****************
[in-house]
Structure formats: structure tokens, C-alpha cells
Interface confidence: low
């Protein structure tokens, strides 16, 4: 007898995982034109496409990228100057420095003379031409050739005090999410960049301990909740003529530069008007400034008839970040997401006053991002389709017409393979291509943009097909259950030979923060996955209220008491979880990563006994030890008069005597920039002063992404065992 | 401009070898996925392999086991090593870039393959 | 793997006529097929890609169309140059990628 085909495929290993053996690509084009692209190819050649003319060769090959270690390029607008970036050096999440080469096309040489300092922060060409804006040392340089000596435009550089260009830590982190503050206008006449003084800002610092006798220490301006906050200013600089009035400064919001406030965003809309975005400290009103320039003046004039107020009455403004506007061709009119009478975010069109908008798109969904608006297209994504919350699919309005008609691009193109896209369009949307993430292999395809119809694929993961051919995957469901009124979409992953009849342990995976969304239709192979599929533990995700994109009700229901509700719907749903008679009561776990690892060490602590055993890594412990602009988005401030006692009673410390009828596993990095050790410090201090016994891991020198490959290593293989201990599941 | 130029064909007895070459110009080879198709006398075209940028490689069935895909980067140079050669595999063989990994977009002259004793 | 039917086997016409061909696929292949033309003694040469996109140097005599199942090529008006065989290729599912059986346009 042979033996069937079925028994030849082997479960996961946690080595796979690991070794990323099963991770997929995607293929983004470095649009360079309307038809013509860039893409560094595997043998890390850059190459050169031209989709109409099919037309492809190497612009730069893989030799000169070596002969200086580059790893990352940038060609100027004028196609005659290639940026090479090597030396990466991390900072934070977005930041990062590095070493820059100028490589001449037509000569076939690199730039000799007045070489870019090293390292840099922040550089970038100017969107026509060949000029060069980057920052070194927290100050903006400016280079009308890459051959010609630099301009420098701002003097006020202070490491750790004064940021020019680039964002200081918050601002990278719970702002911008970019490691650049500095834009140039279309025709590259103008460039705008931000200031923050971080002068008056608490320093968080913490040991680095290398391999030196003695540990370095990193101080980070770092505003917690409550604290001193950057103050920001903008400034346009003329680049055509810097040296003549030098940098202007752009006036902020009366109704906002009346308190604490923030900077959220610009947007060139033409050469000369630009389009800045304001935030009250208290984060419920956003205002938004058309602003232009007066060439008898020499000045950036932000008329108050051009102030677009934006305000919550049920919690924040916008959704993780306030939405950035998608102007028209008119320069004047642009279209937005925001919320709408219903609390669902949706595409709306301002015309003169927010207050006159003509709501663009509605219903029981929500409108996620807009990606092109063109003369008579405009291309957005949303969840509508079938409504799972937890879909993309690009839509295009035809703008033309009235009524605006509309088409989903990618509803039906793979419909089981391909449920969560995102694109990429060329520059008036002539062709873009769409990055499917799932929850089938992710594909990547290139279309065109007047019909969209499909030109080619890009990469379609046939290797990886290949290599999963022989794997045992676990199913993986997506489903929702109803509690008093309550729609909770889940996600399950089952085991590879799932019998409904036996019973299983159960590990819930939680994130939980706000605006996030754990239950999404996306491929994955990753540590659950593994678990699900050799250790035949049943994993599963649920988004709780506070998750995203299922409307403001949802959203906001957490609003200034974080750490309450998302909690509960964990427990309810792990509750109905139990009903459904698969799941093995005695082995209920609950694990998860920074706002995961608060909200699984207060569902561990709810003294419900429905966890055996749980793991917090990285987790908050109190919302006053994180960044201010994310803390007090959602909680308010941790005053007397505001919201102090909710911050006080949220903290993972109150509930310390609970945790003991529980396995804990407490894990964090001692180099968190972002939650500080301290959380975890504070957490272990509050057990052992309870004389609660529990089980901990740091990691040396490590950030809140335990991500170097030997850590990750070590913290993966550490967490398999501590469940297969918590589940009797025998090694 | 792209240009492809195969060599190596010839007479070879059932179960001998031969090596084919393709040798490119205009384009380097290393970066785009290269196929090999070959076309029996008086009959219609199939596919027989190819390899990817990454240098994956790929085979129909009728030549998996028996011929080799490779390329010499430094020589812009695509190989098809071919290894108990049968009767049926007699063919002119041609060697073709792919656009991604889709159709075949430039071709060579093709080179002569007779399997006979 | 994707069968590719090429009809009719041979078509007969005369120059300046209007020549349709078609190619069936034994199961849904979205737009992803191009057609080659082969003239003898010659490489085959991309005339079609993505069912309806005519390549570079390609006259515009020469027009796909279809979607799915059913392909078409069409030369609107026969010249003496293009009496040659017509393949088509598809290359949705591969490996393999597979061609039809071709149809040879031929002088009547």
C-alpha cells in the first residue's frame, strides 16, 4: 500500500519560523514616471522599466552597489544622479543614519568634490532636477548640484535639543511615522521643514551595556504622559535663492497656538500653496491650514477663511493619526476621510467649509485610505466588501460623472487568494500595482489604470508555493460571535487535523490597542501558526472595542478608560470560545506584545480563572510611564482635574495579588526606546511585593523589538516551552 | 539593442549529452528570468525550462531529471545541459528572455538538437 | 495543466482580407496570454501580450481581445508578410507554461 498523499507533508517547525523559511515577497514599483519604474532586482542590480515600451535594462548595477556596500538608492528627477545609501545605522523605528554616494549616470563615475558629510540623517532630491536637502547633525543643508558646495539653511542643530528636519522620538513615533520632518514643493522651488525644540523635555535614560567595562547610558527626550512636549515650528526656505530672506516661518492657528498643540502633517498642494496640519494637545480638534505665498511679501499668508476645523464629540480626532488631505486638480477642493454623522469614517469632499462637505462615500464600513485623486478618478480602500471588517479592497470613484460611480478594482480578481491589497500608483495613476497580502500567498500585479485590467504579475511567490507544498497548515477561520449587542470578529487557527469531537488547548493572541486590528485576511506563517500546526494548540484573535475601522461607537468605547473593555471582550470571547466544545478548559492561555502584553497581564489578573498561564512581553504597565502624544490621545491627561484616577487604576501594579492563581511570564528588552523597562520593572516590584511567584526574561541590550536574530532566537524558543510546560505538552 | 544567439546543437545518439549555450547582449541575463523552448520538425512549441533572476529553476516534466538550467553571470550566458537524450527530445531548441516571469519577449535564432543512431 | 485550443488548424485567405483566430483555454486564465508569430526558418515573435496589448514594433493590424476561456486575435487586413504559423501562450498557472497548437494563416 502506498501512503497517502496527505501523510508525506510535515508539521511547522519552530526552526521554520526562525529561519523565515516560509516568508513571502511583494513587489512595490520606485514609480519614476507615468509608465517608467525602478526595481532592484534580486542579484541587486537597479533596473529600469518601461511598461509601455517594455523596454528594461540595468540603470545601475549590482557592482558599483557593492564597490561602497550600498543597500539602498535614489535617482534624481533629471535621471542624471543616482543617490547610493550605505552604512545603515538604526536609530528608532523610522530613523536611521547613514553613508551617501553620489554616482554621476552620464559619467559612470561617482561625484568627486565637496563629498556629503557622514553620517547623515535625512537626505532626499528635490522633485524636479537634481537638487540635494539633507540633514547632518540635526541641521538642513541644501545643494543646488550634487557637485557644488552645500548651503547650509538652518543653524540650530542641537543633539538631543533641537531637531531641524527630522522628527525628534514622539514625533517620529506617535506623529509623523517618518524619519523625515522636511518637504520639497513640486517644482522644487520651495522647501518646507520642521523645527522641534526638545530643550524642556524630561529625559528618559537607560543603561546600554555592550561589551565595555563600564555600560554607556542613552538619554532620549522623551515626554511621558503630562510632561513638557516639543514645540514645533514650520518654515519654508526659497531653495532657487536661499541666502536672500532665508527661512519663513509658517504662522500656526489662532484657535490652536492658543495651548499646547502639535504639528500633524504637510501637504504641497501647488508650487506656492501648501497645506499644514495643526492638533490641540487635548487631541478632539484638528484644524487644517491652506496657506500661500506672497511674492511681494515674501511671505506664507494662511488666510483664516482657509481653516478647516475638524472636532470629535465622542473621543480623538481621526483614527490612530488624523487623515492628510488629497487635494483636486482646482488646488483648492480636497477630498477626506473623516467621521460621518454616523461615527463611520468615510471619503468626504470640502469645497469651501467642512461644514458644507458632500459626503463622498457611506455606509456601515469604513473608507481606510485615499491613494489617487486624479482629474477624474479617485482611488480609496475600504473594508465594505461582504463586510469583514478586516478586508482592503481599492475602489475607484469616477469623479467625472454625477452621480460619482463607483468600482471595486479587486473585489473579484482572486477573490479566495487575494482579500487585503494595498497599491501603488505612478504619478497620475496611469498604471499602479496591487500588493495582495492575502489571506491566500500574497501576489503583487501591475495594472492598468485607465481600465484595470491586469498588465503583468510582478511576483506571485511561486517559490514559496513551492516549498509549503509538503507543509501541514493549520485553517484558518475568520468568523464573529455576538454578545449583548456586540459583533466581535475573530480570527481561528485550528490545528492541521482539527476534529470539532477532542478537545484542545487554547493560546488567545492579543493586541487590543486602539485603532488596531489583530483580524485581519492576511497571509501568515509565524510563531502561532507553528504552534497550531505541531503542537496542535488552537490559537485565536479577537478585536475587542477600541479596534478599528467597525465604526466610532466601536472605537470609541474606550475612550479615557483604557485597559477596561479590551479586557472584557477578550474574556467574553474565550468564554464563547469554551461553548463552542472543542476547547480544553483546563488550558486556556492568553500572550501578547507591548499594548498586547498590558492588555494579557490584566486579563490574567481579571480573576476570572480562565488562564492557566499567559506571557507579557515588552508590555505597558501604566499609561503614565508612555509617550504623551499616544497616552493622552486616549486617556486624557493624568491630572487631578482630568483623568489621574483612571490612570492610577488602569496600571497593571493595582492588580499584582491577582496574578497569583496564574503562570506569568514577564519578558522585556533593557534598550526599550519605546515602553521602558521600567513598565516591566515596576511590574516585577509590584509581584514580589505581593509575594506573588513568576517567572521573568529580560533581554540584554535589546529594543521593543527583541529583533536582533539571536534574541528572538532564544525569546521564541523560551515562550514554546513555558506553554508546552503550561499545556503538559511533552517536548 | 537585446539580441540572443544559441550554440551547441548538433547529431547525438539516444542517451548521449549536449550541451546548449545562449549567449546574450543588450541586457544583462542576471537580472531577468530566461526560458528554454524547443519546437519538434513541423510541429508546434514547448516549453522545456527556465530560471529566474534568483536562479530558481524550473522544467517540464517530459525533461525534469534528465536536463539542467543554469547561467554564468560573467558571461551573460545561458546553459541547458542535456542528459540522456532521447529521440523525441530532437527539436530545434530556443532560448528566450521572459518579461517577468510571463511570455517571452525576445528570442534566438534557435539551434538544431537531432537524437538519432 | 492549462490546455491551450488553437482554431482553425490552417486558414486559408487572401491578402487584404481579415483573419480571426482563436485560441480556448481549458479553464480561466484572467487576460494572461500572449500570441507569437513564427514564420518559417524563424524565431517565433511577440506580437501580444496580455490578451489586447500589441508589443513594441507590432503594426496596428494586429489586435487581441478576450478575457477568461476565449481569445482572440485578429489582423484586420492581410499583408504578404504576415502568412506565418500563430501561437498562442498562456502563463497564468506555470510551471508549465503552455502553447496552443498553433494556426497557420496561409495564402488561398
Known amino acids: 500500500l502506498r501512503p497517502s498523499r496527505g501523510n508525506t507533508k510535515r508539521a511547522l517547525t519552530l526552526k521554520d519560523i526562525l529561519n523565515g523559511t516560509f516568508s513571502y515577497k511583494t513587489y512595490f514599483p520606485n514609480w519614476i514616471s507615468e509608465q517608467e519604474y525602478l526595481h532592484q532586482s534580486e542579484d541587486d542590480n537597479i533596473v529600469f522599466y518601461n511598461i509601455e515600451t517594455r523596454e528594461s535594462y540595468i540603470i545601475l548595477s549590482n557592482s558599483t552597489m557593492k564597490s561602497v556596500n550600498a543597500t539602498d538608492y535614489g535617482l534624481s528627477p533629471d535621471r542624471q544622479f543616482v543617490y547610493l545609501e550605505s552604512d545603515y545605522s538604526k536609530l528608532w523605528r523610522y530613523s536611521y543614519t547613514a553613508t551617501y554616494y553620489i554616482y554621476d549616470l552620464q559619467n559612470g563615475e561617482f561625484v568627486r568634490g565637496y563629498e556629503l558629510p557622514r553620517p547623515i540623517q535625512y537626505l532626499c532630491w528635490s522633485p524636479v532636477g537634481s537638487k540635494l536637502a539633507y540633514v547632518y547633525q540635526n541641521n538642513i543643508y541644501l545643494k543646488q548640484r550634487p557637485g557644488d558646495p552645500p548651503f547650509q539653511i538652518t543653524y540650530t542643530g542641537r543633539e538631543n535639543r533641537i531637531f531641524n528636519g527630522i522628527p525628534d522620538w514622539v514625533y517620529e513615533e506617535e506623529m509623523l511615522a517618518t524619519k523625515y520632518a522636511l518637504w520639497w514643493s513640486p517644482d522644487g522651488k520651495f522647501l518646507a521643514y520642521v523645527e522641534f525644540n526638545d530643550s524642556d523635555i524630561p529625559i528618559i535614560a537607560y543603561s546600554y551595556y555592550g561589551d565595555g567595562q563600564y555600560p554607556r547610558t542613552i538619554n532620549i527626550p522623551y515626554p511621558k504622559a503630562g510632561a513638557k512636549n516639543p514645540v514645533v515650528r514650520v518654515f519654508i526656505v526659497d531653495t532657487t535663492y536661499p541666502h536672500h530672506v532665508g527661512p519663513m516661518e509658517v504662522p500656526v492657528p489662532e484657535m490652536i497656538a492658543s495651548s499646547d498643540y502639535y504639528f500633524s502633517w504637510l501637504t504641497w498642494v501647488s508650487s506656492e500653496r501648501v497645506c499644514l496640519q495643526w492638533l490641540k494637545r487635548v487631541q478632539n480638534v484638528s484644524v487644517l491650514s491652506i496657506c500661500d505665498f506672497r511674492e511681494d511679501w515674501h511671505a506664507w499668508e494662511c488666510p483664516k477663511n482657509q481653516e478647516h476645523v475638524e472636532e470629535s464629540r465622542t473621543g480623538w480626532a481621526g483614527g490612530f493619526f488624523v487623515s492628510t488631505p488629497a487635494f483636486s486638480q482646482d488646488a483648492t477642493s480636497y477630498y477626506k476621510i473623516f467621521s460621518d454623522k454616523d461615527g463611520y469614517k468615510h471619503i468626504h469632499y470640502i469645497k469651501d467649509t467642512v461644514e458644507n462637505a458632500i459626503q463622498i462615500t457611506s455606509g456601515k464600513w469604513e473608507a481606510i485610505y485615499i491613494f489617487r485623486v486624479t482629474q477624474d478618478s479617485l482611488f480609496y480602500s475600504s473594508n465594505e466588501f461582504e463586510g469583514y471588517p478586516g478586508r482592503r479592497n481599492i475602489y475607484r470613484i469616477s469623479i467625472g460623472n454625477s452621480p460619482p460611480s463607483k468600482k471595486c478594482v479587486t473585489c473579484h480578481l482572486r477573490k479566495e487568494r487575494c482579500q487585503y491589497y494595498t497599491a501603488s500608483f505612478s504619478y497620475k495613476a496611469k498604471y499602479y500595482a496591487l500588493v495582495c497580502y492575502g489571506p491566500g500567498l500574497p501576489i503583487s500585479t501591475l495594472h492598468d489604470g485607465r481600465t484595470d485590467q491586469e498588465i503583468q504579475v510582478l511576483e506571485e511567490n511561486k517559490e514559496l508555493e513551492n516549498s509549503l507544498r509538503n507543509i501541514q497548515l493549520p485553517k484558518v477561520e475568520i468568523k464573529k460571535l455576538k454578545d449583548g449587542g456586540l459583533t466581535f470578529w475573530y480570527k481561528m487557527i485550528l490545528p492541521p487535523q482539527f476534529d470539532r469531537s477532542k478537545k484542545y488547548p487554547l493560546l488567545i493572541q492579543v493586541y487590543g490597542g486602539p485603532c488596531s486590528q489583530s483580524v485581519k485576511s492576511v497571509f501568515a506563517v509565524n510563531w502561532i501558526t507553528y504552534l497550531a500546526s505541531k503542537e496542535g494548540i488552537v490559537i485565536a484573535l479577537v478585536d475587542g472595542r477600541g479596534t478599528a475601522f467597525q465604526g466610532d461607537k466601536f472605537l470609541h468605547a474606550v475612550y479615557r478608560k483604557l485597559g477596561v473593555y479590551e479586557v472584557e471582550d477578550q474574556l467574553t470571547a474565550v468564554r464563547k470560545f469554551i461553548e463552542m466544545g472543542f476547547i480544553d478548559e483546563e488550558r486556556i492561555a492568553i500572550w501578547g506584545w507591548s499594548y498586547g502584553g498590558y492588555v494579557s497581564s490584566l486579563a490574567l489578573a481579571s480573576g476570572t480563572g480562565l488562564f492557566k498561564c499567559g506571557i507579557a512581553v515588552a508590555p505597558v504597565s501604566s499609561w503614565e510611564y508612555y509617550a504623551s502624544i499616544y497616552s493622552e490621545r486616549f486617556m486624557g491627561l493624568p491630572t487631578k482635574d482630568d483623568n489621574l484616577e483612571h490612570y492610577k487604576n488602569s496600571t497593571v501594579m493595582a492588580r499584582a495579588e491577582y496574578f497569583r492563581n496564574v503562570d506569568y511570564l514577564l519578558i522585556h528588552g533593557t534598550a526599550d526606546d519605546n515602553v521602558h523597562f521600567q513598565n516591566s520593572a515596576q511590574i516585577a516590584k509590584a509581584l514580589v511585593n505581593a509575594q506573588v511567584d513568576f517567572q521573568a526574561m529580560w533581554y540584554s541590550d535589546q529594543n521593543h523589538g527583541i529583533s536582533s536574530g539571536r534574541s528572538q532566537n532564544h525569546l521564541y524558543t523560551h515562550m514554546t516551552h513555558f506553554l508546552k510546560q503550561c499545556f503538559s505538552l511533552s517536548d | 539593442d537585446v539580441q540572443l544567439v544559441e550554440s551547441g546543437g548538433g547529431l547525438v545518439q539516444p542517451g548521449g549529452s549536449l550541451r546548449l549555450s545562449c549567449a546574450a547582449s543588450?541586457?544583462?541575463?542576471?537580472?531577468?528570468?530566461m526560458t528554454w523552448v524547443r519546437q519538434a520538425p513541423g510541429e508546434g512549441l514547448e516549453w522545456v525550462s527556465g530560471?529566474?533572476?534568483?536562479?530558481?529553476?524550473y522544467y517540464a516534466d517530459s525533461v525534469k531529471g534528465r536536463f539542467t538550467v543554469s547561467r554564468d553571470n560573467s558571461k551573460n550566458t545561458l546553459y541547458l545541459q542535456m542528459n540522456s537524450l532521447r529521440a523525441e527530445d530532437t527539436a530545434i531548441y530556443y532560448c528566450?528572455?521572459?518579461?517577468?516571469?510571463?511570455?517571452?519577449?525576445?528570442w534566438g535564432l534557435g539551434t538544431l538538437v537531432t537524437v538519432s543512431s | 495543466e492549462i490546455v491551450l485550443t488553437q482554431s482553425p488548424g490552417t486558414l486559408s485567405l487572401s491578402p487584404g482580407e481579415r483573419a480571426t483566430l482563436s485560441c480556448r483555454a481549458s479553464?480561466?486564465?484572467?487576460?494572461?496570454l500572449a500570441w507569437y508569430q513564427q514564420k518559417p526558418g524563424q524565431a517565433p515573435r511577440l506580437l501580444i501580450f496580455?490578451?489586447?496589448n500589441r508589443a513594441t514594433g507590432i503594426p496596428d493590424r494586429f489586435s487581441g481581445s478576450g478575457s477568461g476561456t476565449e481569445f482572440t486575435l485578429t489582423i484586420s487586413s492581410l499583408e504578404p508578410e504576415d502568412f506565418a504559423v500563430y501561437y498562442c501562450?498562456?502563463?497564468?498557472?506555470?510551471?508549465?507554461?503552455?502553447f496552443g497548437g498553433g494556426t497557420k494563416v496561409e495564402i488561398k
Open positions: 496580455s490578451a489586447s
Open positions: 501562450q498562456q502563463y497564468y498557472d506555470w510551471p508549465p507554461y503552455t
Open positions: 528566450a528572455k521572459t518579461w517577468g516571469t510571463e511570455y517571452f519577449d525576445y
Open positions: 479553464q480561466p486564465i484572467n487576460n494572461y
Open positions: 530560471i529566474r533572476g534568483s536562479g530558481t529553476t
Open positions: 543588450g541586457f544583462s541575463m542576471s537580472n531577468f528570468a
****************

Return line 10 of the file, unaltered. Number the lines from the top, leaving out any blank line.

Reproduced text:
Open positions: 479553464q480561466p486564465i484572467n487576460n494572461y